Critical technologies used by all UNAVCO supported projects, such as GNSS receivers and antennas, data communications, and power systems are rapidly evolving. Meeting project requirements for optimal system design, performance, and financial constraints requires dedicated expertise and coordination with sponsors, community members, and hardware manufacturers. UNAVCO’s Development and Testing (D&T) staff provide analysis of power systems, data communications devices, and next-generation GNSS systems in order to evaluate new features and to examine system performance. In addition, D&T closely collaborates with the GDS on the ongoing development of teqc software to integrate new GNSS constellation capabilities.

As new GNSS constellations become operational and require next generation antenna/receiver systems that are orders of magnitude more complex than current models the D&T staff will continue providing updated analysis of their potential for scientific applications. Our community’s increased reliance on real-time and high-rate data requires frequent evaluation of new data communications systems for bandwidth, robustness, and latency. Expansion of polar services requires development of systems better able to withstand harsh environmental conditions with lower power draw in order to deliver uninterrupted data year-round. Recent large earthquakes in Japan and Chile made clear the need to ensure that GPS/GNSS systems function properly during strong shaking and have uninterrupted data communications.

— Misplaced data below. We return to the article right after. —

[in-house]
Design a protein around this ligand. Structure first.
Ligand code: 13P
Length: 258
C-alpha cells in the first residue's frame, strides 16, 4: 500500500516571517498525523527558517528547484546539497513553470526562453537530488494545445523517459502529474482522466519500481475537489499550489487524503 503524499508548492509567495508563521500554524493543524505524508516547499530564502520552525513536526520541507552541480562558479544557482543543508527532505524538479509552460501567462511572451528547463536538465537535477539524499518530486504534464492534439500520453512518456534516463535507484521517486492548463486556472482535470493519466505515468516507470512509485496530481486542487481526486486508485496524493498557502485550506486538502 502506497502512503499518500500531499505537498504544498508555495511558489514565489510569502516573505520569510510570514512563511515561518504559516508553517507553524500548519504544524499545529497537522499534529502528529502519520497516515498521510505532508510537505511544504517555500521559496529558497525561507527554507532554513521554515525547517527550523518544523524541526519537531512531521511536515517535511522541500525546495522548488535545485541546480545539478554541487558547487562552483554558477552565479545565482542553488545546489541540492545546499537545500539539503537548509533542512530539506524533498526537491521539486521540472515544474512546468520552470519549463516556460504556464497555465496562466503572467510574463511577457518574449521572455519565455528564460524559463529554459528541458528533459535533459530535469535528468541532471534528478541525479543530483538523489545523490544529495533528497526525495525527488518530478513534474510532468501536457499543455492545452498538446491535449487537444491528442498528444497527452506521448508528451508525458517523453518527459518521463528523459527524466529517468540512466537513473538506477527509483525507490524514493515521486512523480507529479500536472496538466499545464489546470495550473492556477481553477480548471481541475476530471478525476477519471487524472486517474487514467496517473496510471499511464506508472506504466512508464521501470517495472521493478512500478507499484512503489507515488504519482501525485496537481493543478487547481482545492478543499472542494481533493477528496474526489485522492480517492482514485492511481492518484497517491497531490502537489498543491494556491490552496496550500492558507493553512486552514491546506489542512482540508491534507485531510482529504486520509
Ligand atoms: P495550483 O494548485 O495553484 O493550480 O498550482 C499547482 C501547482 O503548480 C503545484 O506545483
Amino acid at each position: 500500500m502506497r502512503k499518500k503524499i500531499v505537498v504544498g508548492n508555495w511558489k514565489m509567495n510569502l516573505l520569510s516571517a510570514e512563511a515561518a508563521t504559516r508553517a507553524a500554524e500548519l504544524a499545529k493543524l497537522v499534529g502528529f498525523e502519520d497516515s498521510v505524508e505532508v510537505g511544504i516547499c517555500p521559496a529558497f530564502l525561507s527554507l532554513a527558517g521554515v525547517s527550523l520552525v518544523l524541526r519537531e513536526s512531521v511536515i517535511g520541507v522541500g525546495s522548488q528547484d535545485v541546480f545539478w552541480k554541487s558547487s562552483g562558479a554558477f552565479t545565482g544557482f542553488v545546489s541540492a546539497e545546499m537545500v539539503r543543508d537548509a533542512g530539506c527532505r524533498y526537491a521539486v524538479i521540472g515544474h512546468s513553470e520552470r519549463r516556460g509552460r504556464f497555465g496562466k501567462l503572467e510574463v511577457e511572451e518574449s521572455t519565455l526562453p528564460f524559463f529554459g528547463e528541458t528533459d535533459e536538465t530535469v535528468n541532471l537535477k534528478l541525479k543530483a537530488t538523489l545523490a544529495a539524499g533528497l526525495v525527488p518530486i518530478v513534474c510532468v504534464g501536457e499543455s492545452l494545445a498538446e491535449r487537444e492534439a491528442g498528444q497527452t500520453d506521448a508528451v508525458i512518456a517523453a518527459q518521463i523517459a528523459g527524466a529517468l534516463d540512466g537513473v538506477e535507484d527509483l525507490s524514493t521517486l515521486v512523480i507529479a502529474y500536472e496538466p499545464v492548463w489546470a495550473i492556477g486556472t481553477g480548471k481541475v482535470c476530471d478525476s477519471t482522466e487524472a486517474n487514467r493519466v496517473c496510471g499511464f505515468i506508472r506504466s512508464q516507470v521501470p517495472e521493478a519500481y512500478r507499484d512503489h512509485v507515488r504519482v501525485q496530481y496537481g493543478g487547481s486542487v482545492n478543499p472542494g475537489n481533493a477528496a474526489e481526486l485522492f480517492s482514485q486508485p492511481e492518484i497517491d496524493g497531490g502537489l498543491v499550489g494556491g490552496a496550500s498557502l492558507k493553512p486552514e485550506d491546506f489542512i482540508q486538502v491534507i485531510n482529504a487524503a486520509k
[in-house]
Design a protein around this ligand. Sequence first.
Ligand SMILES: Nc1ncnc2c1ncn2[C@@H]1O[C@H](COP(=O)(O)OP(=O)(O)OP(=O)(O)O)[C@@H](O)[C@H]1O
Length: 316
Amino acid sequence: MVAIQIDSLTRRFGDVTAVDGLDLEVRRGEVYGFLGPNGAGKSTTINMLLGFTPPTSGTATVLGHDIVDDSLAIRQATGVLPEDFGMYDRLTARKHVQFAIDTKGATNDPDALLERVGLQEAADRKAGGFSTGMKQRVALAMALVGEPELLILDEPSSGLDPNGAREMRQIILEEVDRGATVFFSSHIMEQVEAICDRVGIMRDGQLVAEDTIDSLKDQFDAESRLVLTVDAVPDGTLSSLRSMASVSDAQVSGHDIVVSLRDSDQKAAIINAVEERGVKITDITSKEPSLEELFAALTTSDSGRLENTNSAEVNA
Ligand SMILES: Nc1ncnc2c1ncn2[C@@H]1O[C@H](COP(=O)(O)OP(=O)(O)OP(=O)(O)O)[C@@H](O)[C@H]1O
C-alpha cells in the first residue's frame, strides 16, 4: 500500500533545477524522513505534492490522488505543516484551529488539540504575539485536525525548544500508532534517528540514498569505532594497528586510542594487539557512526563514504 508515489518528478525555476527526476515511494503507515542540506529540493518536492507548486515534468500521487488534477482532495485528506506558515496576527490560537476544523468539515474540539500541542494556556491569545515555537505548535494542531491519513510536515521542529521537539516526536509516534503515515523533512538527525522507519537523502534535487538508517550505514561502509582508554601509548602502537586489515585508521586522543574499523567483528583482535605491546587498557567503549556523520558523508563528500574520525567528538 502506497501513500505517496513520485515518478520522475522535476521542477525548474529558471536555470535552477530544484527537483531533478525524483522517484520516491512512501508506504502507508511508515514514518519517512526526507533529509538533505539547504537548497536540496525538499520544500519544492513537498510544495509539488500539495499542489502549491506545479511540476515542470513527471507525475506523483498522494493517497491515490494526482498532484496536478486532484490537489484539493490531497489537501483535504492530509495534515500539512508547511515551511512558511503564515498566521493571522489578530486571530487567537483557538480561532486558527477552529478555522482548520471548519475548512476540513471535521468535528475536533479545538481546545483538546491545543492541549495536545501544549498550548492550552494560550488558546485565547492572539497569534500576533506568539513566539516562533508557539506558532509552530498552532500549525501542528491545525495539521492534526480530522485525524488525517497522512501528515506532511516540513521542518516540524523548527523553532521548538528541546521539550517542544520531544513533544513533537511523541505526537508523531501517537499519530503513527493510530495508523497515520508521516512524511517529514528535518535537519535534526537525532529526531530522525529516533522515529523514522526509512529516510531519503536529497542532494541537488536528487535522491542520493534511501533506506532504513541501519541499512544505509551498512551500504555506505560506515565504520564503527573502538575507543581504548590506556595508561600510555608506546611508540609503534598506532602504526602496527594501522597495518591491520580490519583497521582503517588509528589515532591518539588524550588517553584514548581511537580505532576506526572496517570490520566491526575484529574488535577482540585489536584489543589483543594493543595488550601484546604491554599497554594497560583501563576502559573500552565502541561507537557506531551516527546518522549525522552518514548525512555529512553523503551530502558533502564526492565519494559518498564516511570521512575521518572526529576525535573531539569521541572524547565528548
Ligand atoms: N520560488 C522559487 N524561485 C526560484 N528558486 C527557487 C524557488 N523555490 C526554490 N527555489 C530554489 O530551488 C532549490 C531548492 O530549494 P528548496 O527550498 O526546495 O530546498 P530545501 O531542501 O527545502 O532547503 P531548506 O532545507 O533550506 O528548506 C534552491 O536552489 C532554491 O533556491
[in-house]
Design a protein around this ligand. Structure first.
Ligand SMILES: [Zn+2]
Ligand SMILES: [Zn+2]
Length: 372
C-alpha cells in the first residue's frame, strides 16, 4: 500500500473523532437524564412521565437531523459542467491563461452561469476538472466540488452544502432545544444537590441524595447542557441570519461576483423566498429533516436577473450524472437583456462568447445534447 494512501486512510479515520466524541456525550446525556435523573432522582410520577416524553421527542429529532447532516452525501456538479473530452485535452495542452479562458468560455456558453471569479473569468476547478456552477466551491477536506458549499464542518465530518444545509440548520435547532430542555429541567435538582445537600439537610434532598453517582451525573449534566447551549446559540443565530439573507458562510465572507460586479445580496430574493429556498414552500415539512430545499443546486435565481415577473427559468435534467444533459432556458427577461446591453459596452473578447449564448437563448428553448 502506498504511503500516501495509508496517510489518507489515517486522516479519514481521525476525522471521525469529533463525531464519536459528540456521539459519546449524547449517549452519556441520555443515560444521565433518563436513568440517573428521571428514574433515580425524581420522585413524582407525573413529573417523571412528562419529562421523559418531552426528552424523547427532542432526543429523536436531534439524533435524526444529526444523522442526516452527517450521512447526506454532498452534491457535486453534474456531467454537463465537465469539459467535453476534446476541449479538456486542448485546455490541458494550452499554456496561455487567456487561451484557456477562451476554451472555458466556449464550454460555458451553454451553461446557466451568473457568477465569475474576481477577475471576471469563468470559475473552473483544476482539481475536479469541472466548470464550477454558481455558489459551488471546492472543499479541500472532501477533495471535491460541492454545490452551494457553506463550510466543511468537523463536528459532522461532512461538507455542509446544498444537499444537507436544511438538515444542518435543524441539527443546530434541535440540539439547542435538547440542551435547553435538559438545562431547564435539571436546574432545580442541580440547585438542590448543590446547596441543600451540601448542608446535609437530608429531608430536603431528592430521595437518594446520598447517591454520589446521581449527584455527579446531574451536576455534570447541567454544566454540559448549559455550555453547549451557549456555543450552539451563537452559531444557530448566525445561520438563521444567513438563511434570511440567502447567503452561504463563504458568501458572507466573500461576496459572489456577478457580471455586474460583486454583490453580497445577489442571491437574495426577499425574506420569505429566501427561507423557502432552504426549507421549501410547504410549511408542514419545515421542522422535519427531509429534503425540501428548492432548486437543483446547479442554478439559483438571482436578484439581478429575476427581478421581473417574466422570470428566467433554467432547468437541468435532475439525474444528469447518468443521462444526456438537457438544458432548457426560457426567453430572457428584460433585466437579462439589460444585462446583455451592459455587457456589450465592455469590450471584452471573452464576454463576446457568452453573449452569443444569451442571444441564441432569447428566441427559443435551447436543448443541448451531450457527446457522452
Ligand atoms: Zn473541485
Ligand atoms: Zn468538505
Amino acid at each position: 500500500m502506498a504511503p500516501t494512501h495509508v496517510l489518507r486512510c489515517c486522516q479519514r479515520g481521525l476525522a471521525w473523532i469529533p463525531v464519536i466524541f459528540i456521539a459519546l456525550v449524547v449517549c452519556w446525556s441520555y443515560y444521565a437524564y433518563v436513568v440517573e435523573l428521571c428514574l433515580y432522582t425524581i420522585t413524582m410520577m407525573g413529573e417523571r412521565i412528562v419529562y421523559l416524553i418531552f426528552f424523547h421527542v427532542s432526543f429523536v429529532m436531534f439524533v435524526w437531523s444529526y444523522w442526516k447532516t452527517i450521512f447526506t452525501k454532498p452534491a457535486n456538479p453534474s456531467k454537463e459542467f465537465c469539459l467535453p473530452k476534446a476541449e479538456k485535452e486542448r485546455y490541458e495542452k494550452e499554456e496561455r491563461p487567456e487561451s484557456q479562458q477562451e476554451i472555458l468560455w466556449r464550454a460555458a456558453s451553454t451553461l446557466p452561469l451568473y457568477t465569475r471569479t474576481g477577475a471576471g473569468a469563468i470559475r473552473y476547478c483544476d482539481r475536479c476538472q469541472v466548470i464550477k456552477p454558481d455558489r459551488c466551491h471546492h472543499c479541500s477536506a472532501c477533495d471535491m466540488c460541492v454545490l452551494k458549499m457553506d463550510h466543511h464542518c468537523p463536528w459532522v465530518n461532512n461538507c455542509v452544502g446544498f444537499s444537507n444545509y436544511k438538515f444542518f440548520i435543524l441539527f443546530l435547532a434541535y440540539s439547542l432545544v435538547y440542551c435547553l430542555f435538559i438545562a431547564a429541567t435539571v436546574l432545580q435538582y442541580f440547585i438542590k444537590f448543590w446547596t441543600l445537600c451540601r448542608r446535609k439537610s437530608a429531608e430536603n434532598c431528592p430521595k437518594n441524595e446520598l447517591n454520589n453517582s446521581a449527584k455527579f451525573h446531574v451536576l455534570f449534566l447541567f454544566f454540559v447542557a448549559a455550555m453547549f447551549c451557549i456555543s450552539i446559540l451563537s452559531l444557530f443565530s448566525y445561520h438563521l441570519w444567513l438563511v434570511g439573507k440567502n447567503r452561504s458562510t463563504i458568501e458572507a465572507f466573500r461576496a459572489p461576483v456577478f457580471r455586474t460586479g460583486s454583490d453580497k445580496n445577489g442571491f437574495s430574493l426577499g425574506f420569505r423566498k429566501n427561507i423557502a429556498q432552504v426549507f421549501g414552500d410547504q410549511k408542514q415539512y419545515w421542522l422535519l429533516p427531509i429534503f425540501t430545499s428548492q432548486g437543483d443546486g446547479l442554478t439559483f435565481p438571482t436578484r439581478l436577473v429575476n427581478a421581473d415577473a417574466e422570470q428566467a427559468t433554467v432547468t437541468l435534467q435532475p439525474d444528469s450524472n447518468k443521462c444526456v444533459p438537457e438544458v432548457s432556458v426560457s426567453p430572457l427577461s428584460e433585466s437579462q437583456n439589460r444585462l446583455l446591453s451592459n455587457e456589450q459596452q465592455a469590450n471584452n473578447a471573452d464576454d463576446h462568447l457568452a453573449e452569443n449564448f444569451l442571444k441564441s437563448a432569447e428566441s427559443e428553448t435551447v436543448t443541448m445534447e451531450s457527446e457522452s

UNAVCO community members who would like to request D&T project support are encouraged to Request Support.

Recent D&T Publications

Berglund, H. T., F. Blume, and A. Prantner (2015), Effects of earthquake ground motion on tracking characteristics of new Global Navigation Satellite System receivers. Geophys. Res. Lett., 42, 3282–3288. doi: 10.1002/2015GL063539.

Langbein, John, Evans, J.R., Blume, Fredrick, and Johanson, Ingrid, 2014, Response of Global Navigation Satellite System receivers to known shaking between 0.2 and 20 Hertz: U.S. Geological Survey Open-File Report 2013-1308, 28 p.,

Wang, G., F. Blume, C. Meertens, P. Ibanez, and M. Schulze (2012), Performance of high-rate kinematic GPS during strong shaking: Observations from shake-table tests and the 2010 Chile earthquake, J. Geod. Sci., 2, 15–30.

Monumentation Stability Experiment

Position Time Series from site P811. Precipitation events are blue peaks and transient events in the station's position are red dots. The transient movement events align well with occurrences of precipitation.
Position time series from site P811 which is part of the Monumentation Stability Experiment. The timing of precipitation events (blue) correlates well with transient events in the station’s position time series (red). During the next five years the D&T staff will be participating in the analysis of data collected by five station triplets to better characterize and understand the stability of various monument designs.